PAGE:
D.T. Walker, his professor W. G. Tiederman, and colleague T. S. Luchik, in a paper entitled, "Optimization of the ejection process for drag-reducing additives," which was published in Experiments in Fluids, 4, pages 114 to 120, in 1986, obtained drag reduction limits for slot ejection in a channel flow were 20 to 40 percent less than the maximum drag reduction observed in pipe flows. These observations were confirmed by others, such as Yu. F. Ivanyuta and A. A. Khomyakov in their article on the "Investigation of Drag Reduction Effectiveness with Ejection of Viscoelastic Polymer Solutions," which was published in the Proceedings of the International Shipbuilding Conference, KRSI, October, 1994, St. Petersburg, pages 163 to 170, in Russian.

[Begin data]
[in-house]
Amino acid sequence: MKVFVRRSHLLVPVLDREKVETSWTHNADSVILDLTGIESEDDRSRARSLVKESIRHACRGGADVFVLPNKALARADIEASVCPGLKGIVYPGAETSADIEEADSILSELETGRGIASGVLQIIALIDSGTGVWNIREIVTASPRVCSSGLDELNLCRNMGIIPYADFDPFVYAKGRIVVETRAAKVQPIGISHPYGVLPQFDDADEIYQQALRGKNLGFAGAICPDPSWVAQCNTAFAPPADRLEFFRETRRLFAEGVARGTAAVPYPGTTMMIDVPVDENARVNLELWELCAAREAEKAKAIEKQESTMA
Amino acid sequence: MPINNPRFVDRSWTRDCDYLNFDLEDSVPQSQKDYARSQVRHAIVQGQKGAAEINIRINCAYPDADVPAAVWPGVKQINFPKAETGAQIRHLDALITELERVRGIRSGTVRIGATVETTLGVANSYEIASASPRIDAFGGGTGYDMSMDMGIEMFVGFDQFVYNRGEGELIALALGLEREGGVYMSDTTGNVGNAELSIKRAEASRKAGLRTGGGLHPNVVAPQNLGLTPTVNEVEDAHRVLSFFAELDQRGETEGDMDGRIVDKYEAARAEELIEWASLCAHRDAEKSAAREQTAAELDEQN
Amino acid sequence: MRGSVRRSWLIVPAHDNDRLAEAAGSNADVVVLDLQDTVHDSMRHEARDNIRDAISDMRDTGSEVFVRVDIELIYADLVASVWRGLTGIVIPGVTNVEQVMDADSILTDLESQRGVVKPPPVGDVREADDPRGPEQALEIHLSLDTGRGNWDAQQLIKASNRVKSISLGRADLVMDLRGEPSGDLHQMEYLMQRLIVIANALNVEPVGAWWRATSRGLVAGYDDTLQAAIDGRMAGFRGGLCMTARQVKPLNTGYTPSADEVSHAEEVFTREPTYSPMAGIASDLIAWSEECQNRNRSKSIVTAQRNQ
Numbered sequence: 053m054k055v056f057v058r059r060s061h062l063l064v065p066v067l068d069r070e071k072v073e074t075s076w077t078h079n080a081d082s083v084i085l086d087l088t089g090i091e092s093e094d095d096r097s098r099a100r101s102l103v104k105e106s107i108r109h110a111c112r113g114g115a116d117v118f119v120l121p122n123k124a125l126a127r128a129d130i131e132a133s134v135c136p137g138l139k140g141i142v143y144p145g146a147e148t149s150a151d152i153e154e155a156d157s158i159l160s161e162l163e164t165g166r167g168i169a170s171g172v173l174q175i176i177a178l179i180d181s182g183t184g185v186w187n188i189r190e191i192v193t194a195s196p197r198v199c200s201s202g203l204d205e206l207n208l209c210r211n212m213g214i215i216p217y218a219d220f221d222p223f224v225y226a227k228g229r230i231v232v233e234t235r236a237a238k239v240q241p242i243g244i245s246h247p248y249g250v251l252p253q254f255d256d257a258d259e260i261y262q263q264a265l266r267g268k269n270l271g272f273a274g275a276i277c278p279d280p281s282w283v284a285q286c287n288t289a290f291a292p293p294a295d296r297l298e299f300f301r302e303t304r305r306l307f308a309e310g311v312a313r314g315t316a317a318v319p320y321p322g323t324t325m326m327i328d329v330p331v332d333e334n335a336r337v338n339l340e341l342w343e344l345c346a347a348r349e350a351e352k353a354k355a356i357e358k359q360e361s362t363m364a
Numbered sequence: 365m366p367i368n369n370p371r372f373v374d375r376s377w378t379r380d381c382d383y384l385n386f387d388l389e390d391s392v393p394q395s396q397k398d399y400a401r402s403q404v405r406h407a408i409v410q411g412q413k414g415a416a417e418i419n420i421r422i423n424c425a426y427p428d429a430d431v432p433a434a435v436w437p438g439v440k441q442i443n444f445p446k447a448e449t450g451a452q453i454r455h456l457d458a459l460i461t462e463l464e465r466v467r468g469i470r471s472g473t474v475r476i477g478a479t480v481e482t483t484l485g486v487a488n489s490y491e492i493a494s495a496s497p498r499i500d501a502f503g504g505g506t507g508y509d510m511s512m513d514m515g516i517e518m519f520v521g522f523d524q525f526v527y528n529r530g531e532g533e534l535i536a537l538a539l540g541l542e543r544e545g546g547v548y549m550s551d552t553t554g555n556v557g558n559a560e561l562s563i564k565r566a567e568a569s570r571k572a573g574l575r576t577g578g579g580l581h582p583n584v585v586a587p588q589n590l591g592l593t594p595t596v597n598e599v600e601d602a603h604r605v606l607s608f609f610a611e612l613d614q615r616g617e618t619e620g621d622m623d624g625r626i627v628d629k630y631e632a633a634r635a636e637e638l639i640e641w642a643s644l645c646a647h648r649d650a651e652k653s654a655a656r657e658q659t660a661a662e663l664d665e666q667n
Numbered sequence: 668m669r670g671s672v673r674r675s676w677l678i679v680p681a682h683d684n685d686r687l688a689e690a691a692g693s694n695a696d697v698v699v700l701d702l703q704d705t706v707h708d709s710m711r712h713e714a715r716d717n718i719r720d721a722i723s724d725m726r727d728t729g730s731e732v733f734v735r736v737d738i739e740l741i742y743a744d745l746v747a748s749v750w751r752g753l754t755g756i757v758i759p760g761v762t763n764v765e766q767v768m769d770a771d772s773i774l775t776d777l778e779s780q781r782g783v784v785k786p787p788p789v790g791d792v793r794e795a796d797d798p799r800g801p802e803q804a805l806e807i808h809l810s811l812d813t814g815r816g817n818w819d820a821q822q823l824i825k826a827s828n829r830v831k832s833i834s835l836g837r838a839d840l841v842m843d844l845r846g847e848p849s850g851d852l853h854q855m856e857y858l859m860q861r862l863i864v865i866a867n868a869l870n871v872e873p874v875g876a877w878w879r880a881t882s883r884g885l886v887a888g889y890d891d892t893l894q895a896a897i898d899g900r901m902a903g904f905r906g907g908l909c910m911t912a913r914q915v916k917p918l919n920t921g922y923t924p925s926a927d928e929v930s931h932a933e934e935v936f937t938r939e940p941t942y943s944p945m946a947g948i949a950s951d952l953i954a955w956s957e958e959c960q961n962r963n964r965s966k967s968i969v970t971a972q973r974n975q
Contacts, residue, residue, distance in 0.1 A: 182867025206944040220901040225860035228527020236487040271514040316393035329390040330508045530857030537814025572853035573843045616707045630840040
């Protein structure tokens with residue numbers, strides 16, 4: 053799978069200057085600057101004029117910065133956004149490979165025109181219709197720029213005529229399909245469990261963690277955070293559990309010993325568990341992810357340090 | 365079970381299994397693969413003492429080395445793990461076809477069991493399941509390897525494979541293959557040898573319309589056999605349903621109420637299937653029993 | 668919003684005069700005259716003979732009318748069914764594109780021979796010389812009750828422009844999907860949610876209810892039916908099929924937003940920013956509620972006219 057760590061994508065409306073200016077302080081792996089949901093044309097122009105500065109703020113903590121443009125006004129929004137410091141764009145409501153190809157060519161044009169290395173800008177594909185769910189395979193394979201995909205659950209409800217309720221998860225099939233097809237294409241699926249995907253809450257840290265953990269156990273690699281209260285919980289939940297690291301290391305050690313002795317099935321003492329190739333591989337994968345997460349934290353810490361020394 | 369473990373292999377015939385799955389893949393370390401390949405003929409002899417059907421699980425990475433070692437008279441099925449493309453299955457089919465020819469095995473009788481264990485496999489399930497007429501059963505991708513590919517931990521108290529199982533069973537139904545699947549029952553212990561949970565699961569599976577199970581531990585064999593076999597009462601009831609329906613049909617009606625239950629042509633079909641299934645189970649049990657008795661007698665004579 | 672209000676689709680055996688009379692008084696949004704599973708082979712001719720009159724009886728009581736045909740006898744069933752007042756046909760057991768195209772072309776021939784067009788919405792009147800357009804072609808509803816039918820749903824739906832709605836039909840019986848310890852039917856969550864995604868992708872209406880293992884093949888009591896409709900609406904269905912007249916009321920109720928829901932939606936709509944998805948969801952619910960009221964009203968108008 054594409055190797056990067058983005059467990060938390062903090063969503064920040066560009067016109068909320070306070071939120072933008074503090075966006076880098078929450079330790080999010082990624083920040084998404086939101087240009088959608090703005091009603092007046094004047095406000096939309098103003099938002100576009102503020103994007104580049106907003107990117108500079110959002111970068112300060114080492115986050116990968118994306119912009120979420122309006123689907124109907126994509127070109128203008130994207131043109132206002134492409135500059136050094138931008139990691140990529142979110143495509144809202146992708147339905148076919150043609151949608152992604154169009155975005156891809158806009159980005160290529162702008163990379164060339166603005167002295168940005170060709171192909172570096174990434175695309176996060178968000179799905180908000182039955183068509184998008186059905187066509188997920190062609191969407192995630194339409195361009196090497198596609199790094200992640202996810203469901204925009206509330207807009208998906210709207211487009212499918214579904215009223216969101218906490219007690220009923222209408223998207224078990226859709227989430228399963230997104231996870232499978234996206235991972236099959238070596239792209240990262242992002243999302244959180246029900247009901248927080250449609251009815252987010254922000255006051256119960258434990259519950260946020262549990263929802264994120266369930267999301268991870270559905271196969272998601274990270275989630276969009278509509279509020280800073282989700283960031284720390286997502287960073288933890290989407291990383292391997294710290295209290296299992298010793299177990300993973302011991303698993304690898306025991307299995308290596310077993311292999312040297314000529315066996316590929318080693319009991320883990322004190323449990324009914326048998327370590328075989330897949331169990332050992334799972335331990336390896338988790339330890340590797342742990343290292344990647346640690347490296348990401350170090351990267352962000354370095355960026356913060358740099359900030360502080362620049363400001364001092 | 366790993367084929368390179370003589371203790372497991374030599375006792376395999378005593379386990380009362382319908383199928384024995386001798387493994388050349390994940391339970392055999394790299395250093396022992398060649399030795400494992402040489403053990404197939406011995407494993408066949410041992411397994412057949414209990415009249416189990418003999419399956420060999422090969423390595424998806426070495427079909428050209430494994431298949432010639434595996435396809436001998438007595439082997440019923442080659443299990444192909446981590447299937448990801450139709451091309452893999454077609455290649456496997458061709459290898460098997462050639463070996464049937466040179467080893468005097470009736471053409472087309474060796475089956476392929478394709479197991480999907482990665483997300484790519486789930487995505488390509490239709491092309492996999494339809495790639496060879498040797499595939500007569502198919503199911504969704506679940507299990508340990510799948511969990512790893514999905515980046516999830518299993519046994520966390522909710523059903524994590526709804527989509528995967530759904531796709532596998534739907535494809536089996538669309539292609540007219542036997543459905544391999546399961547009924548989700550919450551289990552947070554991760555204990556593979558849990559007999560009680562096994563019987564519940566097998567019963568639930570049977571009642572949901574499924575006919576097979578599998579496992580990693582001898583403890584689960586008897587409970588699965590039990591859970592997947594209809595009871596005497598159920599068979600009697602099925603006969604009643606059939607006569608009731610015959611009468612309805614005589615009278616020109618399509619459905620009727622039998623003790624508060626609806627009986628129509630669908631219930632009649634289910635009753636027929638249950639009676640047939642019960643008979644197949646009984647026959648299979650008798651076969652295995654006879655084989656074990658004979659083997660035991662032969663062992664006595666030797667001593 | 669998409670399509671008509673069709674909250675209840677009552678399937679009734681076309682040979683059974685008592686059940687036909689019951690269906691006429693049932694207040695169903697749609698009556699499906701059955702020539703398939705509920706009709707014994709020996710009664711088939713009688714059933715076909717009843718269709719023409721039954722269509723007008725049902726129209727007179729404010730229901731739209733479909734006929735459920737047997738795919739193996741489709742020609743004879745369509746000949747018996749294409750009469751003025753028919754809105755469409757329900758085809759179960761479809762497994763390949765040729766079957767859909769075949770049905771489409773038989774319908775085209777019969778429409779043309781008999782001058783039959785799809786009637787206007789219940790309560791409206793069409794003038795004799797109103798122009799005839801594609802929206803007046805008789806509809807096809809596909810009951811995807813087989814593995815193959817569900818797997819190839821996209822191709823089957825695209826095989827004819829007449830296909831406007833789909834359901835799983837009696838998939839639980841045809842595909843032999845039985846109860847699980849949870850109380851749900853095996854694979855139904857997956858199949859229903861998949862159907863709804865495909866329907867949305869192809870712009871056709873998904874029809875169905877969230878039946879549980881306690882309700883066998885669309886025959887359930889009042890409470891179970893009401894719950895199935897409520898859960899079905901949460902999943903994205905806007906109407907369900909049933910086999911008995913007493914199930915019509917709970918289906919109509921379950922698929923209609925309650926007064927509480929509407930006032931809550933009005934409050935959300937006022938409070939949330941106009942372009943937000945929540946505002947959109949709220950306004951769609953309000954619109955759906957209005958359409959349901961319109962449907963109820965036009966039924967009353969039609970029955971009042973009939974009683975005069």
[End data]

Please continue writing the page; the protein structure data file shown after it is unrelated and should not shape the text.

While dilute solutions of polymer behave as Newtonian fluids in laminar flows, A. Gyr and H. W. Bewersdorff, in their text, Drag Reduction of Turbulent Flows by Additives, Kluwer Academic Publishers, 1995, point out that in certain laminar flows, such as laminar contraction flows, polymer solutions exhibit non-Newtonian behavior. The hypothesis cited is that in such a flow, as in turbulent flow, the long molecules of the additive become stretched (uncoiled and elongated) and aligned in the flow which are necessary conditions for the solution to exhibit non-Newtonian behavior. V. G. Pogrebnyak, Y. F. lvanyuta, and S. Y. Frenbel, in their paper, "The Structure of the Hydrodynamic Field and Directions of the Molecular Slope of Flexible Polymers Under Free-Converging Flow Conditions" published in Russian in Polymer Science USSR. Vol. 34, No. 3, 1992, define the conditions under which the polymer molecules can be uncoiled, aligned, and sufficiently stretched to become effective in drag reduction.